After removal of the guide assembly GA from the casing C, the former may be re-oriented, as previously described, the setting tool ST forming part of the workstring re-engaged to the setting collar 25, all shear screws replaced to their originalpositions and the guide assembly GA run back into the casing C of the same or another main cased earth bore and engaged in an anchor A to form additional lateral horizontal boreholes, or perform whatever jetting operations may be desired as previouslydescribed, at different azimuths as previously described, or at different angles by adjusting the stroke S, or as previously described.

The length of the lower body 53, inner tubular member 55 and drilling tube CT extending through said inner tubular member 55, may also be increased or decreased between shoulder 50 of latch mandrel 45 and pivot pins 59 to facilitate formation oflateral horizontal boreholes, or performing any other jetting operations or applications of any type and at any location at varying elevations including by way of example only in a main cased earth bore or within an enlarged borehole EB.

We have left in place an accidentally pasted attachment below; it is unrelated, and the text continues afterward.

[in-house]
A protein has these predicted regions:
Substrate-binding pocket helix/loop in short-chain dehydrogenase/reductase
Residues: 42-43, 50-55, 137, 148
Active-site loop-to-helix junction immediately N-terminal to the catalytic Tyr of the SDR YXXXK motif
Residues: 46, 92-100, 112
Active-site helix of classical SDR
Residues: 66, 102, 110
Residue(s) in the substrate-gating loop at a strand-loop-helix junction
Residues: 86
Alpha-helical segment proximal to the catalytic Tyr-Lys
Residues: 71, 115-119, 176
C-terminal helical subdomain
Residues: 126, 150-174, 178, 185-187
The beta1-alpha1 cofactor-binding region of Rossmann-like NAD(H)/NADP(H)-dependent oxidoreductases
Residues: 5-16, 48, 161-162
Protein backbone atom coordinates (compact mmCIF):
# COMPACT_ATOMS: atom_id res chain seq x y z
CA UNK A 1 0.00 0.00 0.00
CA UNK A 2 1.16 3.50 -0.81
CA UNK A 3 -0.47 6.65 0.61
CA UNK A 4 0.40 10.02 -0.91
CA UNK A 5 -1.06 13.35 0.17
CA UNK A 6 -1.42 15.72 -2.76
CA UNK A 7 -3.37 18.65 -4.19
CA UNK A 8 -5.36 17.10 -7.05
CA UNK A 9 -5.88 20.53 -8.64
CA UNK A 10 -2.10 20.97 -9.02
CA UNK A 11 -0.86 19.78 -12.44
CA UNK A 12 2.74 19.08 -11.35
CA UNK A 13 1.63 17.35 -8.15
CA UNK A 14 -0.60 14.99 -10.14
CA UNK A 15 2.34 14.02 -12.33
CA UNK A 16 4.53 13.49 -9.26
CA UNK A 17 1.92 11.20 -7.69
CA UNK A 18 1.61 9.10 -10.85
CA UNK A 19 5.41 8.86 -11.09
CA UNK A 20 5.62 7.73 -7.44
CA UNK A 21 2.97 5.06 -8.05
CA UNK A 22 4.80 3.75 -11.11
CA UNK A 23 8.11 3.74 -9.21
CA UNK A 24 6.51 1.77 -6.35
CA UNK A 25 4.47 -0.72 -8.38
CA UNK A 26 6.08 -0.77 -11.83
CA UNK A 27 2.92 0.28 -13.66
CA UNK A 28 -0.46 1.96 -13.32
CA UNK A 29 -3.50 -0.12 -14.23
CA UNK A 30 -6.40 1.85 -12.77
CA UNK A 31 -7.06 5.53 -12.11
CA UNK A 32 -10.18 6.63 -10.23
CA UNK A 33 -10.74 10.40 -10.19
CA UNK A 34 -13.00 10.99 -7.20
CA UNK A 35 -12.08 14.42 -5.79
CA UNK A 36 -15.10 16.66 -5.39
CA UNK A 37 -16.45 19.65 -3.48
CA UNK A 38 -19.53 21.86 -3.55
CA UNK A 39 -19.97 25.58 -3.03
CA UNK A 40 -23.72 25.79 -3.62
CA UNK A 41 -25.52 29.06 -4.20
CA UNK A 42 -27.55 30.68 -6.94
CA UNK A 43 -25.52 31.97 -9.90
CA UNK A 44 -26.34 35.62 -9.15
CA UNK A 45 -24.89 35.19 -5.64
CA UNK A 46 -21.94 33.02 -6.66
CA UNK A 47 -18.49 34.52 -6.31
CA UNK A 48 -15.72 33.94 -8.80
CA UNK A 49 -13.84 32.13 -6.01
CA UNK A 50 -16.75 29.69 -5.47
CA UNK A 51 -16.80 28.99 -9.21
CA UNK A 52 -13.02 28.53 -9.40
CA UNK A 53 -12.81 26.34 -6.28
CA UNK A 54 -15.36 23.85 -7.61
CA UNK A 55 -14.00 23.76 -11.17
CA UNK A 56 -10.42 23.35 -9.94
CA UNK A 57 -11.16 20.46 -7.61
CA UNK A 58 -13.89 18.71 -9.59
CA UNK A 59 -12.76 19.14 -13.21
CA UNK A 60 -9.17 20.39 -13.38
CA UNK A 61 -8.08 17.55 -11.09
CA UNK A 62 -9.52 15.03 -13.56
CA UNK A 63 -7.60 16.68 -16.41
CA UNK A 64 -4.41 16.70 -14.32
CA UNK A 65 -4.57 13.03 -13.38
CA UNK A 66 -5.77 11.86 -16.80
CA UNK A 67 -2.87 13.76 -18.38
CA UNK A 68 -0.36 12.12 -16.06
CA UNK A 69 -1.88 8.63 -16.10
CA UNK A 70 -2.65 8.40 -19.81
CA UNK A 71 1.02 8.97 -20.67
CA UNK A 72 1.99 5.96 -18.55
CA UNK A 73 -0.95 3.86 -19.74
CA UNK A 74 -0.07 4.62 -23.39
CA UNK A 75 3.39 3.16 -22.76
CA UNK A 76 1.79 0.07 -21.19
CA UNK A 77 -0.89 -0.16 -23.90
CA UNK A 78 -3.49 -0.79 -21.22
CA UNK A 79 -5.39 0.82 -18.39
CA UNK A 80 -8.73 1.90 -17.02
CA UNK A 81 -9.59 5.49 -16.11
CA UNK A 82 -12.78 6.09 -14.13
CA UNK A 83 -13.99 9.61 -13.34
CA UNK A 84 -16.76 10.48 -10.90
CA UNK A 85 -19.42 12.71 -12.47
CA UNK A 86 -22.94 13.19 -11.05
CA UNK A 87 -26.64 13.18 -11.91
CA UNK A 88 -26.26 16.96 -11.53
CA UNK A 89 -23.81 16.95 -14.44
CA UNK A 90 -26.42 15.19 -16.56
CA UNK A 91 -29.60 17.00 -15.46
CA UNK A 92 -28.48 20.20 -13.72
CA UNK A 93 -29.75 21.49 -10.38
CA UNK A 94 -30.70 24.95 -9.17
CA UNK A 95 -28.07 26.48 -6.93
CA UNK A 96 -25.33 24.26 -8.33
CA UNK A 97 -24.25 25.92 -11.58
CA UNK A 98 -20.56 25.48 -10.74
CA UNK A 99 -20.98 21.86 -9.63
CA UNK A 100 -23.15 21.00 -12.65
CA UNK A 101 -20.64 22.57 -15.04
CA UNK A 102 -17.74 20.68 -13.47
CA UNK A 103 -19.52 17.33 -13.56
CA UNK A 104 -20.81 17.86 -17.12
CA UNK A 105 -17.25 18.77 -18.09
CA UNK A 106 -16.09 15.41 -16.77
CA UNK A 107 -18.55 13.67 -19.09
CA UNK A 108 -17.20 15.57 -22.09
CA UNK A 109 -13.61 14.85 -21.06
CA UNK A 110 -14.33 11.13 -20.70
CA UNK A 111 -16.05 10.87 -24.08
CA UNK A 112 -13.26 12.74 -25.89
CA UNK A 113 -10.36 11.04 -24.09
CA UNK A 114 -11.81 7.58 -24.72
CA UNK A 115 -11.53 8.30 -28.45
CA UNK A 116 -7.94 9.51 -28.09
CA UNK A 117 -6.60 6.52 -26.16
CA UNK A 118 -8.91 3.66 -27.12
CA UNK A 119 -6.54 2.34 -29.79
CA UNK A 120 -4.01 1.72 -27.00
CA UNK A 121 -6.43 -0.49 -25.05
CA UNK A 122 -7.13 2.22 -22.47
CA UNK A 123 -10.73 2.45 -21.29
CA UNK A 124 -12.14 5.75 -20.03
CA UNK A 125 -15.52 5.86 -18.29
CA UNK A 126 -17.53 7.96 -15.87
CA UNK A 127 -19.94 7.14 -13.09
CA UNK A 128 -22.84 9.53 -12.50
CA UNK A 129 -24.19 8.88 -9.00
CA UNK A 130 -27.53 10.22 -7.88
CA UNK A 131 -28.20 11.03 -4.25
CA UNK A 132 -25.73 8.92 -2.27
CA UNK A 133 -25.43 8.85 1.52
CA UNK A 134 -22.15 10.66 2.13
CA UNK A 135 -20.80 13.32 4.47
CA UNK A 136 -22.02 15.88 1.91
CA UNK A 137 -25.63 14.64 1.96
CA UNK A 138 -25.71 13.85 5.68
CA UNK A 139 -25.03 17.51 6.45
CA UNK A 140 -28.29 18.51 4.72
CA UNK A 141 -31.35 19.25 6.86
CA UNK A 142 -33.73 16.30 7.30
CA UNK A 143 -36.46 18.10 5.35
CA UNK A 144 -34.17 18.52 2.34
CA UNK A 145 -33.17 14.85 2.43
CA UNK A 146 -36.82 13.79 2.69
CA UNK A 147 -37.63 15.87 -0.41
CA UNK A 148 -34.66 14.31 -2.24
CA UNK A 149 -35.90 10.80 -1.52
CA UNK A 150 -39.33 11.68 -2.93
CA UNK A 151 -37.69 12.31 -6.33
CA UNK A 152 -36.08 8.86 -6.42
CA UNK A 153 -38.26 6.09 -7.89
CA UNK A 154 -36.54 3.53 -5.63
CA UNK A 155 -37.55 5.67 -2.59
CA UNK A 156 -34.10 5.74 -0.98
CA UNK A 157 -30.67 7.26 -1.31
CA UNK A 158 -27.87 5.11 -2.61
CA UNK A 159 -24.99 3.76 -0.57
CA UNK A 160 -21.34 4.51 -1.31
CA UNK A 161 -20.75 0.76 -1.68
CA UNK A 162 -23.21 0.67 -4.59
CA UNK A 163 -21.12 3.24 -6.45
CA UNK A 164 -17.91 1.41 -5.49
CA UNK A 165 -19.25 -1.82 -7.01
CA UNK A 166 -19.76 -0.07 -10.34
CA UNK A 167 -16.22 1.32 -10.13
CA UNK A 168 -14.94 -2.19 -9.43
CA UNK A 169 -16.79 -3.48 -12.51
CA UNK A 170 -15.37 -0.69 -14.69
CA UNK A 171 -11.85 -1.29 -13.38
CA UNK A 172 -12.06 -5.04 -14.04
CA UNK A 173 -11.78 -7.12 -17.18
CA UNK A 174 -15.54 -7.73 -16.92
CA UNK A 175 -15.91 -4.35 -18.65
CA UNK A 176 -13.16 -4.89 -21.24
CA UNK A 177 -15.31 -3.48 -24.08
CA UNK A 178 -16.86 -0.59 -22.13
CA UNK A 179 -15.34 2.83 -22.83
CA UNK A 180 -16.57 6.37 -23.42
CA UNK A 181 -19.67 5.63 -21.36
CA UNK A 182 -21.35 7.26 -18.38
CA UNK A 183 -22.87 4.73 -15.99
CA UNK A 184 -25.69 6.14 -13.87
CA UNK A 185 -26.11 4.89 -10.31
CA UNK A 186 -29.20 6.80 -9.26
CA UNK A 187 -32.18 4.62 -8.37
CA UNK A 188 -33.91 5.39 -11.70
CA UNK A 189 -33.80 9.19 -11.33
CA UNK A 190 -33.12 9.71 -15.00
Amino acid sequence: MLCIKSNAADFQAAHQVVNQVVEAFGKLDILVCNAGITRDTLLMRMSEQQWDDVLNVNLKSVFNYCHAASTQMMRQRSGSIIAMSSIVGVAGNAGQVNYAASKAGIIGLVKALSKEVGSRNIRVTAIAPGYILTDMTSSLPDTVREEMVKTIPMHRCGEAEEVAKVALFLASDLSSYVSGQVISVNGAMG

FIG. 10 illustrates a setting collar form for use with a workstring/drill string generally referred to as CTWS in FIG. 10 which is formed by continuous tubing, one form of which may be coil tubing from a coil tubing unit releasably connected witha setting collar 70. The setting collar 70 is actuated hydraulically, or may be actuated mechanically, as will be described, to release the continuous workstring CTWS.

The continuous tubing workstring/drillstring is manipulated by any means and in any manner well known in the art as previously stated herein.

The use of a coil tubing to function as a workstring/drillstring requires the use of a setting tool and setting collar configuration which precludes rotation of the workstring/drillstring to effect disengagement of the setting tool andworkstring/drill string from the setting collar, since a coil tubing cannot be rotated.